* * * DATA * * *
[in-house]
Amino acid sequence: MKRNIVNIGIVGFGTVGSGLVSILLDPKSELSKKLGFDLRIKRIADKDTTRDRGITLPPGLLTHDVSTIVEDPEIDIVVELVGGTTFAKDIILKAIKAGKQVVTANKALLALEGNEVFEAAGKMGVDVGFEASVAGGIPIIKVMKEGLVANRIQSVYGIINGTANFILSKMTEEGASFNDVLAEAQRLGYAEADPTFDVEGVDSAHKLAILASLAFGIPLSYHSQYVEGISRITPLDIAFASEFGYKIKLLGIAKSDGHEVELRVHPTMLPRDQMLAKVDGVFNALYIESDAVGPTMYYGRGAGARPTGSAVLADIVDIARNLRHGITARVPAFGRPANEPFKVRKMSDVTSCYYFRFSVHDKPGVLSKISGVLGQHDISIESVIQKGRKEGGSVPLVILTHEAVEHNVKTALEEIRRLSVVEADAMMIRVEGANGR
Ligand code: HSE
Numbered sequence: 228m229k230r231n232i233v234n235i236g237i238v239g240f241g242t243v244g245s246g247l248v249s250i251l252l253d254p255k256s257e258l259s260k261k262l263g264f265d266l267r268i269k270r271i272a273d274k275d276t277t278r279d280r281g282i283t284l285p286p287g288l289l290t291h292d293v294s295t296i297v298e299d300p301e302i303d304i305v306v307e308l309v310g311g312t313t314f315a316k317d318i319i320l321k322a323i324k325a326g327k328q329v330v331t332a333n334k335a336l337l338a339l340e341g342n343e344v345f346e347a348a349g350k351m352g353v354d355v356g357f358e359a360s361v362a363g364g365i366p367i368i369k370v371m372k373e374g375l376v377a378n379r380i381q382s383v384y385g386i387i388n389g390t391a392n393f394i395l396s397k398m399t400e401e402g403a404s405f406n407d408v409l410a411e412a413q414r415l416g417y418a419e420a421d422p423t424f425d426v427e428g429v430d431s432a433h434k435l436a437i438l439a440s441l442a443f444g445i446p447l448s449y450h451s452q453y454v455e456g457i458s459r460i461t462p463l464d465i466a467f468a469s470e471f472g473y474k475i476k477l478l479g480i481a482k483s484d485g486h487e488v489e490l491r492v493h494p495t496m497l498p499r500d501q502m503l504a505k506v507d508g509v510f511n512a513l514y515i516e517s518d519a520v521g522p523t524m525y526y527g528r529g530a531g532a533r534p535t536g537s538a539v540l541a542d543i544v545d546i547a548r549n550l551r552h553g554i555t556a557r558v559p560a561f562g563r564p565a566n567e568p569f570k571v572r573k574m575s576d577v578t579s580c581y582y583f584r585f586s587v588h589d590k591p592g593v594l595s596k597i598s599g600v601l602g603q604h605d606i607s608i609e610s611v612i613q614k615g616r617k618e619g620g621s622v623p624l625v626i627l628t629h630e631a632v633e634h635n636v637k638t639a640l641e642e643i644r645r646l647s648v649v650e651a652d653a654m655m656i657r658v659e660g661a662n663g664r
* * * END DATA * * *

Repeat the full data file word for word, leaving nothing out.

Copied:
[in-house]
Amino acid sequence: MKRNIVNIGIVGFGTVGSGLVSILLDPKSELSKKLGFDLRIKRIADKDTTRDRGITLPPGLLTHDVSTIVEDPEIDIVVELVGGTTFAKDIILKAIKAGKQVVTANKALLALEGNEVFEAAGKMGVDVGFEASVAGGIPIIKVMKEGLVANRIQSVYGIINGTANFILSKMTEEGASFNDVLAEAQRLGYAEADPTFDVEGVDSAHKLAILASLAFGIPLSYHSQYVEGISRITPLDIAFASEFGYKIKLLGIAKSDGHEVELRVHPTMLPRDQMLAKVDGVFNALYIESDAVGPTMYYGRGAGARPTGSAVLADIVDIARNLRHGITARVPAFGRPANEPFKVRKMSDVTSCYYFRFSVHDKPGVLSKISGVLGQHDISIESVIQKGRKEGGSVPLVILTHEAVEHNVKTALEEIRRLSVVEADAMMIRVEGANGR
Ligand code: HSE
Numbered sequence: 228m229k230r231n232i233v234n235i236g237i238v239g240f241g242t243v244g245s246g247l248v249s250i251l252l253d254p255k256s257e258l259s260k261k262l263g264f265d266l267r268i269k270r271i272a273d274k275d276t277t278r279d280r281g282i283t284l285p286p287g288l289l290t291h292d293v294s295t296i297v298e299d300p301e302i303d304i305v306v307e308l309v310g311g312t313t314f315a316k317d318i319i320l321k322a323i324k325a326g327k328q329v330v331t332a333n334k335a336l337l338a339l340e341g342n343e344v345f346e347a348a349g350k351m352g353v354d355v356g357f358e359a360s361v362a363g364g365i366p367i368i369k370v371m372k373e374g375l376v377a378n379r380i381q382s383v384y385g386i387i388n389g390t391a392n393f394i395l396s397k398m399t400e401e402g403a404s405f406n407d408v409l410a411e412a413q414r415l416g417y418a419e420a421d422p423t424f425d426v427e428g429v430d431s432a433h434k435l436a437i438l439a440s441l442a443f444g445i446p447l448s449y450h451s452q453y454v455e456g457i458s459r460i461t462p463l464d465i466a467f468a469s470e471f472g473y474k475i476k477l478l479g480i481a482k483s484d485g486h487e488v489e490l491r492v493h494p495t496m497l498p499r500d501q502m503l504a505k506v507d508g509v510f511n512a513l514y515i516e517s518d519a520v521g522p523t524m525y526y527g528r529g530a531g532a533r534p535t536g537s538a539v540l541a542d543i544v545d546i547a548r549n550l551r552h553g554i555t556a557r558v559p560a561f562g563r564p565a566n567e568p569f570k571v572r573k574m575s576d577v578t579s580c581y582y583f584r585f586s587v588h589d590k591p592g593v594l595s596k597i598s599g600v601l602g603q604h605d606i607s608i609e610s611v612i613q614k615g616r617k618e619g620g621s622v623p624l625v626i627l628t629h630e631a632v633e634h635n636v637k638t639a640l641e642e643i644r645r646l647s648v649v650e651a652d653a654m655m656i657r658v659e660g661a662n663g664r